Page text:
A graphical image of the first Heritage-class offshore patrol cutter Argus (WMSM 915). Credit: Eastern Shipbuilding Group.
Eastern Shipbuilding Group is building a 110m-long OPC. Credit: Eastern Shipbuilding Group.
The steel-cutting ceremony for the first OPC, Argus (WMSM 915), was held in January 2019. Credit: US Coast Guard.

Eastern Shipbuilding Group is constructing Heritage-class offshore patrol cutters (OPCs) for the US Coast Guard (USCG).

The OPCs will be capable of performing a range of missions, including maritime patrol, fisheries protection, port security, disaster response, drug interdiction and prevention of illegal immigrants.

Heritage-class offshore patrol cutter programme details

In September 2016, USCG contracted Eastern Shipbuilding Group to supply nine Heritage-class OPCs. The OPCs will replace the ageing medium-endurance cutters (MECs) that USCG uses for its operations. The $2.38bn contract includes options to build two more vessels and covers vessel design, development and approvals.

In September 2017, USCG placed a long lead time materials (LLTM) contract with Eastern Shipbuilding for the first OPC in the class, USCGC Argus (WMSM 915). According to the contract, Eastern Shipbuilding is responsible for purchasing the main propulsion engine, machinery control, electrical and mechanical equipment for the vessel.

Northrop Grumman received production and LLTM contracts from Eastern Shipbuilding for the command, control, communications, computers, intelligence, surveillance, and reconnaissance (C4ISR) systems of the OPCs.

Construction of the first OPC began when the first steel was cut in January 2019. The OPC is expected to be delivered in 2022.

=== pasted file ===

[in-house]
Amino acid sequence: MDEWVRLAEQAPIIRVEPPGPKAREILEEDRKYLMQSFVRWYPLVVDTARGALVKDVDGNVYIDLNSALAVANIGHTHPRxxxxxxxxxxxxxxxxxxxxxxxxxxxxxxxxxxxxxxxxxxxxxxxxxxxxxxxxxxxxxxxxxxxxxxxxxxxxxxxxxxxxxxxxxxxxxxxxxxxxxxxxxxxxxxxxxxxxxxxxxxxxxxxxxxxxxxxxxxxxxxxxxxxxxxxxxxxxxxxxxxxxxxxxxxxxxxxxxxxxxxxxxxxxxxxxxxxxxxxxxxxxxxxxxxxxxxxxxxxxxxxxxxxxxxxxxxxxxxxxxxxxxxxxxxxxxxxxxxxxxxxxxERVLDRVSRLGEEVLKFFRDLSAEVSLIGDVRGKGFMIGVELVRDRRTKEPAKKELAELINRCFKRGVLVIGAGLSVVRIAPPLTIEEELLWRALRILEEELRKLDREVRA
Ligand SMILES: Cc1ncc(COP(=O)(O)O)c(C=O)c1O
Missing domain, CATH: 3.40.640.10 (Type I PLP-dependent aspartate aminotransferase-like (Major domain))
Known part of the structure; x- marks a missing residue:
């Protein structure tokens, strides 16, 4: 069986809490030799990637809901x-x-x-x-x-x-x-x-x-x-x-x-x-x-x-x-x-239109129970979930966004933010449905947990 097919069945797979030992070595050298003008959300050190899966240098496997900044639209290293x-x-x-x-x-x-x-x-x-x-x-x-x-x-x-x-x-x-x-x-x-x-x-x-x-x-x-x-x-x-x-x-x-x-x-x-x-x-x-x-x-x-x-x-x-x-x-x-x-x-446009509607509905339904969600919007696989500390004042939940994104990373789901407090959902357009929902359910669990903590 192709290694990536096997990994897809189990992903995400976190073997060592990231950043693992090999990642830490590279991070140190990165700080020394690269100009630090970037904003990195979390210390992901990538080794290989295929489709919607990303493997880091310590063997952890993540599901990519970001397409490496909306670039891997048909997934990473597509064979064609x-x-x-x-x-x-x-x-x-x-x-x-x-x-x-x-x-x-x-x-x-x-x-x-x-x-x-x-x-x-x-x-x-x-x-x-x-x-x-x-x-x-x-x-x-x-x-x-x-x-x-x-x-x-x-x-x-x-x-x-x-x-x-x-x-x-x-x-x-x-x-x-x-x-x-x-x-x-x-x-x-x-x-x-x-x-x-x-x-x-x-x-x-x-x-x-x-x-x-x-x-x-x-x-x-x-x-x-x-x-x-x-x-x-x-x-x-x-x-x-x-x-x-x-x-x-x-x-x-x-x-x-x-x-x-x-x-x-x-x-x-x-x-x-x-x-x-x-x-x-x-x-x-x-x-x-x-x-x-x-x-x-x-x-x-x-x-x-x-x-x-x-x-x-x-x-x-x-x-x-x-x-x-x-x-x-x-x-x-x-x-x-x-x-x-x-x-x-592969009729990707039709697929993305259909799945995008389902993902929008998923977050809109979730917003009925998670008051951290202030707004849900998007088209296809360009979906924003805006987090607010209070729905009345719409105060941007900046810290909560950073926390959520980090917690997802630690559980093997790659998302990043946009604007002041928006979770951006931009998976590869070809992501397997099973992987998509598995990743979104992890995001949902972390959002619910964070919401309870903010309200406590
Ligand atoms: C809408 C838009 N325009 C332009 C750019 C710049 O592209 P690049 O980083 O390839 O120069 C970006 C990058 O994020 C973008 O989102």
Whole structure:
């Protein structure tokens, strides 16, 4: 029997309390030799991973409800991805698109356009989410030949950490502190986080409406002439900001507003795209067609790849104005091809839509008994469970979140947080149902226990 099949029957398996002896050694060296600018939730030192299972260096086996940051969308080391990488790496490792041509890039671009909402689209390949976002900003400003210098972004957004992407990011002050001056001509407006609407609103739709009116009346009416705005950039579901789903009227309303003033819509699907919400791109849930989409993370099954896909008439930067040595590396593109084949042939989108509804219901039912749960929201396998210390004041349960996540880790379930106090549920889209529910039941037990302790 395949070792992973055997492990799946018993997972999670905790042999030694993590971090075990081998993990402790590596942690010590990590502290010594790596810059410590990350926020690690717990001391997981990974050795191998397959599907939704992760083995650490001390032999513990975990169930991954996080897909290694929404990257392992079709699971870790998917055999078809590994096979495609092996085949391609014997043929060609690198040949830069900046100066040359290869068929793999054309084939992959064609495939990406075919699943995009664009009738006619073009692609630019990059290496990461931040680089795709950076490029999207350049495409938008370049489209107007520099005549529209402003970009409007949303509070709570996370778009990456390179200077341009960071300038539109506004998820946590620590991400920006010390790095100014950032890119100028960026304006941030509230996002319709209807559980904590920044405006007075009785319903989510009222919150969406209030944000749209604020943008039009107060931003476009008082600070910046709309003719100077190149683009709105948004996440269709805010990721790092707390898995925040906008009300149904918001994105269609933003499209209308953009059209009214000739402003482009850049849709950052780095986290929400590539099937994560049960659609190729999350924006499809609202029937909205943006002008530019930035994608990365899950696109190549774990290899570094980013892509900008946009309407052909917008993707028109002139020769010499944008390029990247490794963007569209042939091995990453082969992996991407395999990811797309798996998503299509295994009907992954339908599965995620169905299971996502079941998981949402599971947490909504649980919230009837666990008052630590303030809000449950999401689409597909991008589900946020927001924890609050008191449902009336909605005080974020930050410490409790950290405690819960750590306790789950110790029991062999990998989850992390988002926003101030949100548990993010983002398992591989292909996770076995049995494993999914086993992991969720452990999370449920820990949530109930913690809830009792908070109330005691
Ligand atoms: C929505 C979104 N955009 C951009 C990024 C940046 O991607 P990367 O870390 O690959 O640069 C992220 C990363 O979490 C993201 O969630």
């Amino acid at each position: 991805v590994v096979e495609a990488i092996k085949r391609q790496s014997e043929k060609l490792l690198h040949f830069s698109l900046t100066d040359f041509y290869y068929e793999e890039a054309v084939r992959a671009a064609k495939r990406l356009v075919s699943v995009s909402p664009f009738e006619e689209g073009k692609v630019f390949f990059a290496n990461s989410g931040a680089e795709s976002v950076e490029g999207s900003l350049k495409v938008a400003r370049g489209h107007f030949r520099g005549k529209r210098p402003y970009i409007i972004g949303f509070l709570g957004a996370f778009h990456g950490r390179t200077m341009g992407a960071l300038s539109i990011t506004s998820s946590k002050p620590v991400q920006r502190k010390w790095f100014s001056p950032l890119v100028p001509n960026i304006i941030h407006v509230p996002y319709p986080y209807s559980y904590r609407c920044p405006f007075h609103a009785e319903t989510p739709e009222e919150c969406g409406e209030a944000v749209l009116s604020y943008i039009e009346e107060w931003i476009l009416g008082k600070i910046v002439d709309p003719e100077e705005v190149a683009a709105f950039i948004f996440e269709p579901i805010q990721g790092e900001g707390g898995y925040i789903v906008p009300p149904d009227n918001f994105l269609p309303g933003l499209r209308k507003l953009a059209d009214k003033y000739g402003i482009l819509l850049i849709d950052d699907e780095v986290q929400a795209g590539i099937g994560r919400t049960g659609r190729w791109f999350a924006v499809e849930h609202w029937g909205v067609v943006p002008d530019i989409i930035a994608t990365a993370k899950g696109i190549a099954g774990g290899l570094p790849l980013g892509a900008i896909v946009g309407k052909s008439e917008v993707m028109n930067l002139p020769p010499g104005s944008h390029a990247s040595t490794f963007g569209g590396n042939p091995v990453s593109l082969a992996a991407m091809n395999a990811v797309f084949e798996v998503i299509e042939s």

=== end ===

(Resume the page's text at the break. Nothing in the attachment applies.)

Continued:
The first 11 Heritage-class OPCs were christened as Argus (WMSM 915), Chase (WMSM 916), Ingham (WMSM 917), Rush (WMSM 918), Pickering (WMSM 919), Icarus (WMSM 920), Active (WMSM 921), Diligence (WMSM 922), Alert (WMSM 923), Vigilant (WMSM 924), and Reliance (WMSM 925).

USCG plans to acquire a total of 25 Heritage-class OPC vessels.

Heritage-class OPC design and features

The OPC will meet the requirements of USCG and American Bureau of Shipping (ABS) Naval Vessel Rules (NVR). It will be the first-ever USCG vessel to comply with the ABS vessel classification requirements.

The OPC is designed to operate independently or in a group, according to the mission requirements. It will be capable of operating in demanding maritime environments, with faster response time and closer to the shore. It will also serve as a mobile command and control platform during surge missions.

The OPCs will be 110m-long and will have a beam and a draft of 16.45m and 5.2m respectively. The displacement will weigh between 3,500t and 3,700t.

The stern flight deck of the vessel will have a capacity for carrying an MH-60 or MH-65 helicopter. It can also accommodate three functioning over-the-horizon (OTH) small boats.

The patrol vessel will be equipped with Saab’s Sea Giraffe MMR electronically scanned phased array radar, AN/UPX-29 shipboard interrogator, MK 20 Mod electro-optical sighting system, and AN/SLQ-32C(V)6 electronic warfare system.

Weapon systems

The Heritage-class OPCs will be armed with a BAE Mk 110 57mm gun, a BAE Mk 38 Mod 2 25mm gun, and M2 Browning 12.7mm machine guns.

The Mk 110 gun offers an optimal firing rate of 220 rounds a minute and can engage medium and short-range surface targets such as small ships and boats, as well as aerial targets, including incoming missiles and aircraft.

Heritage-class propulsion and performance

Two MAN 16V28/33D STC marine diesel engines will drive two five-bladed controllable pitch propellers and power the OPCs. Each engine will develop an optimal power of 7,280kW at 1,000rpm. The propulsion system will also integrate bow thrusters, fin stabilisers, shaft lines, Promas rudders, and MTU marine generator sets supplied by Rolls-Royce.

The Heritage-class will be able to reach a speed of 22.5k, an optimal range of 10,200 nautical miles (nmi) at 14k and an endurance of 60 days.